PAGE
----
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Osteopathic doctor Stanley Schiowitz dies

Over the past few weeks, Dr. Stanley Schiowitz's daughter has been contacted by dozens of people who said they felt like they had lost a father, too.

"I didn't realize how big of a reach he had," said Dr. Ellen Ellis, who took after her dad in becoming a doctor of osteopathy, a holistic branch of medicine.

Schiowitz, of Great Neck, was a national leader in the field, a founder of the New York College of Osteopathic Medicine in Old Westbury and co-author of a textbook that is a standard in the profession. He died of a heart attack June 27 at the age of 88.

Born in 1922 to Hungarian immigrants living in Brooklyn, Schiowitz was a doctor by the time he was 21, said Ellis, 56, of Manhattan. He had attended St. John's University and the Philadelphia College of Osteopathic Medicine.

For more than 30 years, he had a large private practice in Brooklyn, where he did everything from delivering babies to removing appendixes to manipulating achy backs, Ellis said.

“He was truly a family physician,” she said. “He was able to take care of all your needs.” He had one innate skill Ellis said couldn’t be taught. “When he put his hand on you, you just knew you were going to be OK,” she said.

In 1977, he helped found New York Institute of Technology’s NYCOM, where he began a three-decade career in education. He taught, served as a dean and developed numerous programs at NYIT and NYCOM until retiring as NYCOM dean emeritus in 2002.
Under Schiowitz’s leadership, NYCOM grew from a fledgling college with an inaugural class of 36 to an institution with an enrollment of more than 1,100.

“He had an impact on the way students looked at practicing medicine,” NYCOM Dean Dr. Thomas Scandalis said. “And when you talk about the amount of growth we experienced under his leadership, it made a big impact on osteopathic medicine in the region.”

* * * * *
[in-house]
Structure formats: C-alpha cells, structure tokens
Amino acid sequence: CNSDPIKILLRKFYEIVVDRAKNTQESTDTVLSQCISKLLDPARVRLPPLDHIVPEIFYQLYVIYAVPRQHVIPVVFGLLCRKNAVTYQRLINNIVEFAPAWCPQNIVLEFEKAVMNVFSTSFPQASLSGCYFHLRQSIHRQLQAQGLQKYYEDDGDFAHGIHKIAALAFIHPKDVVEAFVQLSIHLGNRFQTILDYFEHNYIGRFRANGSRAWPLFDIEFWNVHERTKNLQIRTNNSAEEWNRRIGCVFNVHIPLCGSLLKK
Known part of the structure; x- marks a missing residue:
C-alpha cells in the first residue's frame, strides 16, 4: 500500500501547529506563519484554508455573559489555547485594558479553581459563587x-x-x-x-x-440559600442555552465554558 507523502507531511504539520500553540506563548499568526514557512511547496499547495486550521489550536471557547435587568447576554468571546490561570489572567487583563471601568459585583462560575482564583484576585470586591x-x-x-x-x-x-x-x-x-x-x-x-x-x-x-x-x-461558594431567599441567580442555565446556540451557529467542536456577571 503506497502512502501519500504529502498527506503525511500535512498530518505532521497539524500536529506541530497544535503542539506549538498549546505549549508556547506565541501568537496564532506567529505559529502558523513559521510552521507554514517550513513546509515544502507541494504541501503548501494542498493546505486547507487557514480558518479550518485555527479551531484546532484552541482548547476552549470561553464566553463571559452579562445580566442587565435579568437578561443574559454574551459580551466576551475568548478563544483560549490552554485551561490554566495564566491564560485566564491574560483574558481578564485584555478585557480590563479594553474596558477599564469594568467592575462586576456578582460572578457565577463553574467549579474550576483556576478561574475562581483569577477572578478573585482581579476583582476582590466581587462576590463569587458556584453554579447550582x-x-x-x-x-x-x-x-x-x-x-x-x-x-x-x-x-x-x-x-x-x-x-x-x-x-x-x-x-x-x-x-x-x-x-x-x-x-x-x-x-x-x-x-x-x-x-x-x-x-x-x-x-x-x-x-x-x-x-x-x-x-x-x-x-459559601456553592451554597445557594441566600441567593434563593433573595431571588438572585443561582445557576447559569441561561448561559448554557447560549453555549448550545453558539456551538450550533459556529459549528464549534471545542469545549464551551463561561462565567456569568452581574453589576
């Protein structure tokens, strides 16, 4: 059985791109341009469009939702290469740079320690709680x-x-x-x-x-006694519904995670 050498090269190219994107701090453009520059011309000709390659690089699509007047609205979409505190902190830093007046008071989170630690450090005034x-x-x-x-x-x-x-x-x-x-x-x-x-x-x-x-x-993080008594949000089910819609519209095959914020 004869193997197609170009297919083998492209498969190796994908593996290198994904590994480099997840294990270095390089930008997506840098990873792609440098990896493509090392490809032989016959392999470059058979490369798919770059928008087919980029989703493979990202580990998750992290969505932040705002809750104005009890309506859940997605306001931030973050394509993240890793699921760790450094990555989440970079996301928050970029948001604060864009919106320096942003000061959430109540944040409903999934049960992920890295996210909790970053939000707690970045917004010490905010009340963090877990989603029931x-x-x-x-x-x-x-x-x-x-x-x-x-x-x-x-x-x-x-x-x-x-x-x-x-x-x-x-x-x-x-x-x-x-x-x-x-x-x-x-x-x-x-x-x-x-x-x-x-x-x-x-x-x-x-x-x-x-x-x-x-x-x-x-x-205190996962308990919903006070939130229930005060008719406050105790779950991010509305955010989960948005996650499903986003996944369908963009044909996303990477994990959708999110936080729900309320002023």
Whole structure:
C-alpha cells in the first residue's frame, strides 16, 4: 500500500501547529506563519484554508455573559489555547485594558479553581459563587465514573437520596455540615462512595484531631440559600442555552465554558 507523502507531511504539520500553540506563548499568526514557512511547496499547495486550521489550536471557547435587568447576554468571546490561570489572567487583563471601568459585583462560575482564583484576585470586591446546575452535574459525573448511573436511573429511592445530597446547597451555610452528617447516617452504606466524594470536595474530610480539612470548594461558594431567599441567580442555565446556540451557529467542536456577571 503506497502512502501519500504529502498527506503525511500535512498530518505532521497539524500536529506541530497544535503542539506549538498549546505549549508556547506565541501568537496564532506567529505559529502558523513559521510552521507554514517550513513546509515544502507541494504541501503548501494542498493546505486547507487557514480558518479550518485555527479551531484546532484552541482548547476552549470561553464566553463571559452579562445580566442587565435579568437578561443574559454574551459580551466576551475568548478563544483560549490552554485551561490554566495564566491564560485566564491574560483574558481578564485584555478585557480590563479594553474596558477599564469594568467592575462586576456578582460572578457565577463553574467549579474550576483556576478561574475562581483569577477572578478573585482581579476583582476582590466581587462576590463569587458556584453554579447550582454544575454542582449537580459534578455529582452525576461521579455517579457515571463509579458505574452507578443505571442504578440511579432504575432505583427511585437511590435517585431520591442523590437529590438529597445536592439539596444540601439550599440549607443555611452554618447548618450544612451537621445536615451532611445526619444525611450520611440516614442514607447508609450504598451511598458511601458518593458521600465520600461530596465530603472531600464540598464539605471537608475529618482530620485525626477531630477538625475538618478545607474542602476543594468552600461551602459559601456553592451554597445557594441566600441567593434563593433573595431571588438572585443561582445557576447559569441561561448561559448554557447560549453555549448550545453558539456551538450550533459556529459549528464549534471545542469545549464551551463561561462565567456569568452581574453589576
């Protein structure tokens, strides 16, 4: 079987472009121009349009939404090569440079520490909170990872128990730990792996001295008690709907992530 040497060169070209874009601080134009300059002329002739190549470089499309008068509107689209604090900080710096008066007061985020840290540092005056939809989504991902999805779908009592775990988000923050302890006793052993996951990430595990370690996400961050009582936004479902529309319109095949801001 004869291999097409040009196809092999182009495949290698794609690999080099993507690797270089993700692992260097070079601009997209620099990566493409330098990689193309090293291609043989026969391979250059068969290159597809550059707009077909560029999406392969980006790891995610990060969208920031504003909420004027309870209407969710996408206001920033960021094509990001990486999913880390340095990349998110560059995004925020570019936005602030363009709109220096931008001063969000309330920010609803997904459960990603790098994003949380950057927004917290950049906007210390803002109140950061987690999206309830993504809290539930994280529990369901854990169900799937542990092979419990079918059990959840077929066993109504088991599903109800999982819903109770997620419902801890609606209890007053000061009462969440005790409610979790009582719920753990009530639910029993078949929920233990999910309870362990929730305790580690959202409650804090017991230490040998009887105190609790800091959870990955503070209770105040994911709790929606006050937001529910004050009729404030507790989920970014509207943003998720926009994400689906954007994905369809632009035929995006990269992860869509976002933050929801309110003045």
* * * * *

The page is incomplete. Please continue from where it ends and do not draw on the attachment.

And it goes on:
In NYCOM’s second year, Ellis enrolled to become a doctor of osteopathic medicine. Schiowitz's son, Joshua Schiowitz, 63, became a talent agent in Los Angeles, but recently moved back to Great Neck to be with his father.

Stanley Schiowitz had a gift for osteopathic manipulation, a hands-on system of evaluation and treatment that addresses the body's structure, and developed techniques that are widely used, Scandalis said. His textbook, “An Osteopathic Approach to Diagnosis and Treatment,” is used in medical schools around the country, he said.

“The students learned about him, his techniques and his love of teaching long after he retired,” Scandalis said. “They never lost touch with his guidance and his presence in the profession.”

After retiring, Schiowitz taught his techniques at seminars for faculty members around the country. In 2007, he received the American Academy of Osteopathy’s Distinguished Service Certificate, which Ellis described as the highest honor in the field.

One month before his death, he completed another book, a compilation of his osteopathic techniques, his daughter said.
He also is survived by his granddaughter, Justine Ellis, 22, of Manhattan. His wife, Lillian Schiowitz, died in 2004.

A memorial service was held in June at Riverside-Nassau North Chapel in Great Neck. Donations may be made to the Lillian Schiowitz Fund at Temple Israel, 108 Old Mill Rd., Great Neck, or to a preferred charity.


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